As families in Calabasas gather for the Seder meal, the youngest child will ask four questions and the story of the Hebrew exodus from slavery to freedom will be read from the Haggadah.
Central to the celebration is the Seder, a word that means “order.” The ritual feast features specific elements and is presented in the same way generation after generation. And what wonderful elements they are, designed to bring family and friends together to commemorate the past and create shared memories to be passed on. Wine flows, symbolic foods are eaten and tradition is observed.
The Passover plate itself features six foods—bitter herbs, fruits and nuts, parsley dipped in salt water, a roasted lamb bone and an egg—that symbolize the holiday's dual themes of oppression and liberation. The harshness of slavery, the tears shed, the sacrifice—it's all there on the plate. Matzo, the unleavened bread packed in the haste to flee, gets its own plate of honor.
But there is also the celebration of freedom. And what would any holiday be without an abundance of the foods we long for and that give us comfort? In celebration of Passover, here are five recipes you can’t pass by.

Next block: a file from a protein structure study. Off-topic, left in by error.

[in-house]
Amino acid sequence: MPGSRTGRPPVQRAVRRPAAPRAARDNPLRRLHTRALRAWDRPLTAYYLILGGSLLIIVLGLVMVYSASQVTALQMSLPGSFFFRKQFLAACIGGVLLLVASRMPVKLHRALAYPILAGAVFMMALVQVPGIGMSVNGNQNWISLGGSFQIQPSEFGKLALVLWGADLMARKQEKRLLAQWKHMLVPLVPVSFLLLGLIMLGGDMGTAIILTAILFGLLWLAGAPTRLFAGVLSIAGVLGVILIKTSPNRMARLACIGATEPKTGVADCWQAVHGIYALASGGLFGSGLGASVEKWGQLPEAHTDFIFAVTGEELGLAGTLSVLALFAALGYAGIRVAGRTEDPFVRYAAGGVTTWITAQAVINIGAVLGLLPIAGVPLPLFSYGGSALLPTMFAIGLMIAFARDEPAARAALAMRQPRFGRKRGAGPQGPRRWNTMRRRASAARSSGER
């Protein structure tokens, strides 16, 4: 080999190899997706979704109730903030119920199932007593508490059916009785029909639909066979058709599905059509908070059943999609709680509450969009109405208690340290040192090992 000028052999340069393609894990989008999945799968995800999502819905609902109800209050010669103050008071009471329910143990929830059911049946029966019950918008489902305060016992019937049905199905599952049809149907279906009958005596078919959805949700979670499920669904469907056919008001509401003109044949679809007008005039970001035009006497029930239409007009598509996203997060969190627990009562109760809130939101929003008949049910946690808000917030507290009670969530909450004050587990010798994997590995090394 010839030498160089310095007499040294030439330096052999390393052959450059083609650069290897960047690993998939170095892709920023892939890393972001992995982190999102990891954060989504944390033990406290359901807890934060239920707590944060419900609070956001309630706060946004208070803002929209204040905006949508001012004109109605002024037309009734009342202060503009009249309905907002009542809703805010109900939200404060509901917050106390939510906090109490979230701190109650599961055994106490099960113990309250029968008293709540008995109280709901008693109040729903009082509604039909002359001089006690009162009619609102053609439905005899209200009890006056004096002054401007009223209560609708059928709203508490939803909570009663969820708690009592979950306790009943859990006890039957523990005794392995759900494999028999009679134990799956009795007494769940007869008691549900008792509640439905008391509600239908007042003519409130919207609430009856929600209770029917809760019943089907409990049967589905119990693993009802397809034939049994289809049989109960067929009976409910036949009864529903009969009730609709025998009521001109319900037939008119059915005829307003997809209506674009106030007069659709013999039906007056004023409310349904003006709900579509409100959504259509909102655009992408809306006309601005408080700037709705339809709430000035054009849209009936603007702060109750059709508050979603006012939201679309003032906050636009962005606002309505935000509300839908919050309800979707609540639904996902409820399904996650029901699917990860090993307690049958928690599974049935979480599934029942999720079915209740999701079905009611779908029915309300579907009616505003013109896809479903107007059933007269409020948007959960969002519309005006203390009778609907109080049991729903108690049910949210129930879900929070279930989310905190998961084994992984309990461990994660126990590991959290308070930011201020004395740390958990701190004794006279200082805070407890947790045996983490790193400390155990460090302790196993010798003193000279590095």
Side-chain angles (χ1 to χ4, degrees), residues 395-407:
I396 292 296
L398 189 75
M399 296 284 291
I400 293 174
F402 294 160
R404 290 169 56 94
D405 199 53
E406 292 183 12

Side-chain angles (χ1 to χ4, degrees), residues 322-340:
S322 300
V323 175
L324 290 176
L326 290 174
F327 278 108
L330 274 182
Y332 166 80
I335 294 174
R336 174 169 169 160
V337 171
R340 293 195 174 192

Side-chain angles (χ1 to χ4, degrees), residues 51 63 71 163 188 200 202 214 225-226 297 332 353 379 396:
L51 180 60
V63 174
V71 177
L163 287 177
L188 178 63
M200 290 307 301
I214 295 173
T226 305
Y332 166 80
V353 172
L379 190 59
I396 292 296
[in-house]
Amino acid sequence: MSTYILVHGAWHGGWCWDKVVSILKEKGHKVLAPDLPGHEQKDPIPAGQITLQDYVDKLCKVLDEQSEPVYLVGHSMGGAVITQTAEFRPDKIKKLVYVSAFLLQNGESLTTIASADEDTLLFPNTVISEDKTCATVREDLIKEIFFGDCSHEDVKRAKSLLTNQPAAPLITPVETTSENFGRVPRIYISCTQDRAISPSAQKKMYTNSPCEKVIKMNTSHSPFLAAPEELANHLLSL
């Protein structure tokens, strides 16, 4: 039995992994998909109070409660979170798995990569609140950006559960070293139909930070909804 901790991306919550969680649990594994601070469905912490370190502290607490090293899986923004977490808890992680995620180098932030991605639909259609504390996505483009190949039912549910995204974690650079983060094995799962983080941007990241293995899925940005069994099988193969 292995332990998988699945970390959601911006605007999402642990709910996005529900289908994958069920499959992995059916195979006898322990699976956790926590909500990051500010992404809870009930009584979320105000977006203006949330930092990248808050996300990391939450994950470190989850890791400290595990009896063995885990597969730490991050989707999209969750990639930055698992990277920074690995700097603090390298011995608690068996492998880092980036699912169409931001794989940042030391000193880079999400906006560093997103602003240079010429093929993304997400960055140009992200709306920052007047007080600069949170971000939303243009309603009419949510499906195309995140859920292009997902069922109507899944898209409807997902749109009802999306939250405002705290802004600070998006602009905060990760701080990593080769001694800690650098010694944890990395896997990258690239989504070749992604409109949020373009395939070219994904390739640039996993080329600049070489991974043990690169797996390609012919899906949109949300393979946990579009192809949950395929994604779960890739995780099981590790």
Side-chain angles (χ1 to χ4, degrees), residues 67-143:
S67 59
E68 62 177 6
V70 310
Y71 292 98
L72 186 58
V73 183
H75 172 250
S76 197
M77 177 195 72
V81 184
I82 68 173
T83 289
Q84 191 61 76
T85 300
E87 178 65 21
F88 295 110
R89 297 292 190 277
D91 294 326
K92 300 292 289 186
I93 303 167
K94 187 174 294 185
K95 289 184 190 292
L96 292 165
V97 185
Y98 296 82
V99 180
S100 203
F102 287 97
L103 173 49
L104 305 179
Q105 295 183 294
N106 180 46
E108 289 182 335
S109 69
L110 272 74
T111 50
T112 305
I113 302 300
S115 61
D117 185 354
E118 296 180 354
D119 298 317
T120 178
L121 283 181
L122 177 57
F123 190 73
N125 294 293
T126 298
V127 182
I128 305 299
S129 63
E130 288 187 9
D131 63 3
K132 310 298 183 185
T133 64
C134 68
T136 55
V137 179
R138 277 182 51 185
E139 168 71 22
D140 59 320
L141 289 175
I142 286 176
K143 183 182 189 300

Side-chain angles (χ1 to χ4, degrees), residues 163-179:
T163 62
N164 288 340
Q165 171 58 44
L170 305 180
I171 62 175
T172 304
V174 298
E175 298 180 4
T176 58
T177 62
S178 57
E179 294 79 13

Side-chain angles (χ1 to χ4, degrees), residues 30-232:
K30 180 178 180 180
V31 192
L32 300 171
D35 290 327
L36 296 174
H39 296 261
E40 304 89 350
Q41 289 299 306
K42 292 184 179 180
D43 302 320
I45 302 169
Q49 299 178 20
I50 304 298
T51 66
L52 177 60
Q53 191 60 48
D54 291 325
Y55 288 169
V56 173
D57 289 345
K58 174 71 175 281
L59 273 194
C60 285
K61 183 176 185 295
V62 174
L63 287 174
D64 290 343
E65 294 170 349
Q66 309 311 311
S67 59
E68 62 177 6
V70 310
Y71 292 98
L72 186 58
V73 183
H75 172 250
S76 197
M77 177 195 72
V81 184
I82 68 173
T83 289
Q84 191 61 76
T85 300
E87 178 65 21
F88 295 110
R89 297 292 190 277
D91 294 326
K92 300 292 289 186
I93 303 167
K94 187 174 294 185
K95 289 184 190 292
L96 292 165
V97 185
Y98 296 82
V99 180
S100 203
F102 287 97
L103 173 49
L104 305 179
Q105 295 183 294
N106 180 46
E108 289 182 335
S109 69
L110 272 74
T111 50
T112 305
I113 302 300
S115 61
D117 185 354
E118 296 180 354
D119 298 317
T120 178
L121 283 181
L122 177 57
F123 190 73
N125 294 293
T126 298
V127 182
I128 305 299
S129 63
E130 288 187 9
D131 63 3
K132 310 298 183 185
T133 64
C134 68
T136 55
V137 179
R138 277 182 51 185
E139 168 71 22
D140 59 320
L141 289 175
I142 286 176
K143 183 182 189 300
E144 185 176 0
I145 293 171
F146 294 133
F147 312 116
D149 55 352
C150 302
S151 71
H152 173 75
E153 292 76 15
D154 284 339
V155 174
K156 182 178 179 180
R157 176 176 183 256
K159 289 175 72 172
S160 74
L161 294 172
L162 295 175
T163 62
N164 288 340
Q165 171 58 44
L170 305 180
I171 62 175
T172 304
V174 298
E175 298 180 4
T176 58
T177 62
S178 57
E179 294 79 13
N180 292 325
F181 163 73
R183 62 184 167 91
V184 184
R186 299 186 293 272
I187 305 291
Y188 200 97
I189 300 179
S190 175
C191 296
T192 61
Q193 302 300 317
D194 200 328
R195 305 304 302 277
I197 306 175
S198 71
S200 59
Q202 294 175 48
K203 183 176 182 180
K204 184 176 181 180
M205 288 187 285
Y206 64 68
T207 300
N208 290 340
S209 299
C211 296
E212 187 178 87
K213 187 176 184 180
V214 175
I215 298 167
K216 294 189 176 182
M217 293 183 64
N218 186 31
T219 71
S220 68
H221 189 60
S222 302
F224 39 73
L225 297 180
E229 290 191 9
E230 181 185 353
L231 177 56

1. Start off with a holiday staple, matzo ball soup. Dayna’s Matzo Ball Soup simmers for two hours and makes a least a dozen tender, comfort-giving matzo balls.
2. Moroccan Charosets combine dried fruits and nuts to create sweet, bite-size appetizers that make a delicious snack any time of year.
3. Ina Garten’s Herb-Roasted Lamb features garlic and rosemary, and takes just an hour and 15 minutes to prepare, not including the 20 minutes the dish will need to rest after being taken out of the oven.
4. Take advantage of what’s in season with roasted asparagus, a side dish that couldn’t be easier to get from the kitchen to the table. Just toss fresh asparagus with olive oil and kosher salt, and pop in a hot oven.
5. Save room for dessert! Wrap up the evening with a Flourless Walnut-Date Cake that features bittersweet chocolate, orange zest and honey. Yum.